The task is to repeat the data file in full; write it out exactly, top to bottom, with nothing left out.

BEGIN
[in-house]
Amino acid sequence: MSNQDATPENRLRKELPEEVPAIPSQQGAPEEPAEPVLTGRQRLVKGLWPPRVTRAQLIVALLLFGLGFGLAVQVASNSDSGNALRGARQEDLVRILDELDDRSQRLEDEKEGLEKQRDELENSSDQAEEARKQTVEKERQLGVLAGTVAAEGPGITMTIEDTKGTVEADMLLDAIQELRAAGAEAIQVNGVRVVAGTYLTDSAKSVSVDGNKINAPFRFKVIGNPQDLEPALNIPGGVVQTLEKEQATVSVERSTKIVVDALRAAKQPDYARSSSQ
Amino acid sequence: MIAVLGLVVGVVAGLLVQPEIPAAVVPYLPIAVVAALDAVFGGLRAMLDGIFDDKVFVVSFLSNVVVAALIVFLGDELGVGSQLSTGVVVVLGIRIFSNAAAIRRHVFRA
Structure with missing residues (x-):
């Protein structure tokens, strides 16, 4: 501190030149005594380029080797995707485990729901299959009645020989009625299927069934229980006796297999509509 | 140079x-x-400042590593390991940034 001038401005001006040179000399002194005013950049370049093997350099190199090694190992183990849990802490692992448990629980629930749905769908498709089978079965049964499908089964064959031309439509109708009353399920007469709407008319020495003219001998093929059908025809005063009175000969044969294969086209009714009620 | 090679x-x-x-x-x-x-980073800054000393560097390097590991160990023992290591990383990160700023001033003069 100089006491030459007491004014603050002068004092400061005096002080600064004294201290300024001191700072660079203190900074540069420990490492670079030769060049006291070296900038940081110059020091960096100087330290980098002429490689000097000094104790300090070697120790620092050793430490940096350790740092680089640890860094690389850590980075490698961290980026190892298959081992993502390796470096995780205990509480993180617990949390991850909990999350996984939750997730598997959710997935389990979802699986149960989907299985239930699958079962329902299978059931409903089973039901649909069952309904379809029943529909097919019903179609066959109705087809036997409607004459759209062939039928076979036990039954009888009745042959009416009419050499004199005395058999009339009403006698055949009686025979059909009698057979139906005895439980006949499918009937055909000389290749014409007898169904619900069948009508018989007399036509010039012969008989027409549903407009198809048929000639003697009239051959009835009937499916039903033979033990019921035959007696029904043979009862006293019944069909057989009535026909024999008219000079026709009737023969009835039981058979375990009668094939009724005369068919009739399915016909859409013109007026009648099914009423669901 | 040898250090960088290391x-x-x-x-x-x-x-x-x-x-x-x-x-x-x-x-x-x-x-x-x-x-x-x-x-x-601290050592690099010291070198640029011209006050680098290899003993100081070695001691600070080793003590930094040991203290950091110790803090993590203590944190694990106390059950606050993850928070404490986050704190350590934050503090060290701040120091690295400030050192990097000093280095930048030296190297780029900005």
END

[in-house]
Amino acid sequence: MSNQDATPENRLRKELPEEVPAIPSQQGAPEEPAEPVLTGRQRLVKGLWPPRVTRAQLIVALLLFGLGFGLAVQVASNSDSGNALRGARQEDLVRILDELDDRSQRLEDEKEGLEKQRDELENSSDQAEEARKQTVEKERQLGVLAGTVAAEGPGITMTIEDTKGTVEADMLLDAIQELRAAGAEAIQVNGVRVVAGTYLTDSAKSVSVDGNKINAPFRFKVIGNPQDLEPALNIPGGVVQTLEKEQATVSVERSTKIVVDALRAAKQPDYARSSSQ
Amino acid sequence: MIAVLGLVVGVVAGLLVQPEIPAAVVPYLPIAVVAALDAVFGGLRAMLDGIFDDKVFVVSFLSNVVVAALIVFLGDELGVGSQLSTGVVVVLGIRIFSNAAAIRRHVFRA
Structure with missing residues (x-):
């Protein structure tokens, strides 16, 4: 501190030149005594380029080797995707485990729901299959009645020989009625299927069934229980006796297999509509 | 140079x-x-400042590593390991940034 001038401005001006040179000399002194005013950049370049093997350099190199090694190992183990849990802490692992448990629980629930749905769908498709089978079965049964499908089964064959031309439509109708009353399920007469709407008319020495003219001998093929059908025809005063009175000969044969294969086209009714009620 | 090679x-x-x-x-x-x-980073800054000393560097390097590991160990023992290591990383990160700023001033003069 100089006491030459007491004014603050002068004092400061005096002080600064004294201290300024001191700072660079203190900074540069420990490492670079030769060049006291070296900038940081110059020091960096100087330290980098002429490689000097000094104790300090070697120790620092050793430490940096350790740092680089640890860094690389850590980075490698961290980026190892298959081992993502390796470096995780205990509480993180617990949390991850909990999350996984939750997730598997959710997935389990979802699986149960989907299985239930699958079962329902299978059931409903089973039901649909069952309904379809029943529909097919019903179609066959109705087809036997409607004459759209062939039928076979036990039954009888009745042959009416009419050499004199005395058999009339009403006698055949009686025979059909009698057979139906005895439980006949499918009937055909000389290749014409007898169904619900069948009508018989007399036509010039012969008989027409549903407009198809048929000639003697009239051959009835009937499916039903033979033990019921035959007696029904043979009862006293019944069909057989009535026909024999008219000079026709009737023969009835039981058979375990009668094939009724005369068919009739399915016909859409013109007026009648099914009423669901 | 040898250090960088290391x-x-x-x-x-x-x-x-x-x-x-x-x-x-x-x-x-x-x-x-x-x-x-x-x-x-601290050592690099010291070198640029011209006050680098290899003993100081070695001691600070080793003590930094040991203290950091110790803090993590203590944190694990106390059950606050993850928070404490986050704190350590934050503090060290701040120091690295400030050192990097000093280095930048030296190297780029900005």